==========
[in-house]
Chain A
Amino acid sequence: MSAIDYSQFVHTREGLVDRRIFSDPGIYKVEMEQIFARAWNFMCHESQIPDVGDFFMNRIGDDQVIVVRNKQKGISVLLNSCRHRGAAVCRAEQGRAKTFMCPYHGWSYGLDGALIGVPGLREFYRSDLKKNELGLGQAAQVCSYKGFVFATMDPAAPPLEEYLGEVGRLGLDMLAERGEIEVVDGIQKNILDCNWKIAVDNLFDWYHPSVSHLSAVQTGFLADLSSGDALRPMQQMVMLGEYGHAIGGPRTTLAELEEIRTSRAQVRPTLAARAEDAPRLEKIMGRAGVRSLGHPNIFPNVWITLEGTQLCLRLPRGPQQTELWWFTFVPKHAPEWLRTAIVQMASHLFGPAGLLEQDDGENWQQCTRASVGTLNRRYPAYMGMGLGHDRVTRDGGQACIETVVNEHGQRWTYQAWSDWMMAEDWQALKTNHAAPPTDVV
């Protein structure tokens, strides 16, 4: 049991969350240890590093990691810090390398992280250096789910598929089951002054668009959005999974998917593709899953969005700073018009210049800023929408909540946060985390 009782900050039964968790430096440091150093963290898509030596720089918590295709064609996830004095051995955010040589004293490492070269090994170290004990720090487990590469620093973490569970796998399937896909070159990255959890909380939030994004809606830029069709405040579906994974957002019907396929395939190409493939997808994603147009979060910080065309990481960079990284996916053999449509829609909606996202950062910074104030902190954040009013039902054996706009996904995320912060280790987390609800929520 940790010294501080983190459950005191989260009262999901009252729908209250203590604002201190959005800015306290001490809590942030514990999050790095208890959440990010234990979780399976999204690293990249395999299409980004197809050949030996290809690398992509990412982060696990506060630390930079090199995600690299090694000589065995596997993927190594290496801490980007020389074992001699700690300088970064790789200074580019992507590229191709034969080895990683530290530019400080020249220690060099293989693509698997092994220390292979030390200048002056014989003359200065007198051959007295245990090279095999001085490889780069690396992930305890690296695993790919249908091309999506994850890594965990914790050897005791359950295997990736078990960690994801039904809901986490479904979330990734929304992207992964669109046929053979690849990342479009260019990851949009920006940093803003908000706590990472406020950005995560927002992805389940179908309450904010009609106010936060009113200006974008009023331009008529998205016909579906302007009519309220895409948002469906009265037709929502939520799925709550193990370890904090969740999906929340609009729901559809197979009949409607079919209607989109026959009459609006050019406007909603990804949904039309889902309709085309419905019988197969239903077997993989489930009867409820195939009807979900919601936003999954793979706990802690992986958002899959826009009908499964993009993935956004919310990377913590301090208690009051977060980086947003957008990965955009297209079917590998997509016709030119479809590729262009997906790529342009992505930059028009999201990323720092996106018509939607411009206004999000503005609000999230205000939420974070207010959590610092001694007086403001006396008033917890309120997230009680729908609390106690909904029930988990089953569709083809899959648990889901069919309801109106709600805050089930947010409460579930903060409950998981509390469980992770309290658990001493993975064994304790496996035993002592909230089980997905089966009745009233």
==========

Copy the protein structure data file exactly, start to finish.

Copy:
[in-house]
Chain A
Amino acid sequence: MSAIDYSQFVHTREGLVDRRIFSDPGIYKVEMEQIFARAWNFMCHESQIPDVGDFFMNRIGDDQVIVVRNKQKGISVLLNSCRHRGAAVCRAEQGRAKTFMCPYHGWSYGLDGALIGVPGLREFYRSDLKKNELGLGQAAQVCSYKGFVFATMDPAAPPLEEYLGEVGRLGLDMLAERGEIEVVDGIQKNILDCNWKIAVDNLFDWYHPSVSHLSAVQTGFLADLSSGDALRPMQQMVMLGEYGHAIGGPRTTLAELEEIRTSRAQVRPTLAARAEDAPRLEKIMGRAGVRSLGHPNIFPNVWITLEGTQLCLRLPRGPQQTELWWFTFVPKHAPEWLRTAIVQMASHLFGPAGLLEQDDGENWQQCTRASVGTLNRRYPAYMGMGLGHDRVTRDGGQACIETVVNEHGQRWTYQAWSDWMMAEDWQALKTNHAAPPTDVV
């Protein structure tokens, strides 16, 4: 049991969350240890590093990691810090390398992280250096789910598929089951002054668009959005999974998917593709899953969005700073018009210049800023929408909540946060985390 009782900050039964968790430096440091150093963290898509030596720089918590295709064609996830004095051995955010040589004293490492070269090994170290004990720090487990590469620093973490569970796998399937896909070159990255959890909380939030994004809606830029069709405040579906994974957002019907396929395939190409493939997808994603147009979060910080065309990481960079990284996916053999449509829609909606996202950062910074104030902190954040009013039902054996706009996904995320912060280790987390609800929520 940790010294501080983190459950005191989260009262999901009252729908209250203590604002201190959005800015306290001490809590942030514990999050790095208890959440990010234990979780399976999204690293990249395999299409980004197809050949030996290809690398992509990412982060696990506060630390930079090199995600690299090694000589065995596997993927190594290496801490980007020389074992001699700690300088970064790789200074580019992507590229191709034969080895990683530290530019400080020249220690060099293989693509698997092994220390292979030390200048002056014989003359200065007198051959007295245990090279095999001085490889780069690396992930305890690296695993790919249908091309999506994850890594965990914790050897005791359950295997990736078990960690994801039904809901986490479904979330990734929304992207992964669109046929053979690849990342479009260019990851949009920006940093803003908000706590990472406020950005995560927002992805389940179908309450904010009609106010936060009113200006974008009023331009008529998205016909579906302007009519309220895409948002469906009265037709929502939520799925709550193990370890904090969740999906929340609009729901559809197979009949409607079919209607989109026959009459609006050019406007909603990804949904039309889902309709085309419905019988197969239903077997993989489930009867409820195939009807979900919601936003999954793979706990802690992986958002899959826009009908499964993009993935956004919310990377913590301090208690009051977060980086947003957008990965955009297209079917590998997509016709030119479809590729262009997906790529342009992505930059028009999201990323720092996106018509939607411009206004999000503005609000999230205000939420974070207010959590610092001694007086403001006396008033917890309120997230009680729908609390106690909904029930988990089953569709083809899959648990889901069919309801109106709600805050089930947010409460579930903060409950998981509390469980992770309290658990001493993975064994304790496996035993002592909230089980997905089966009745009233």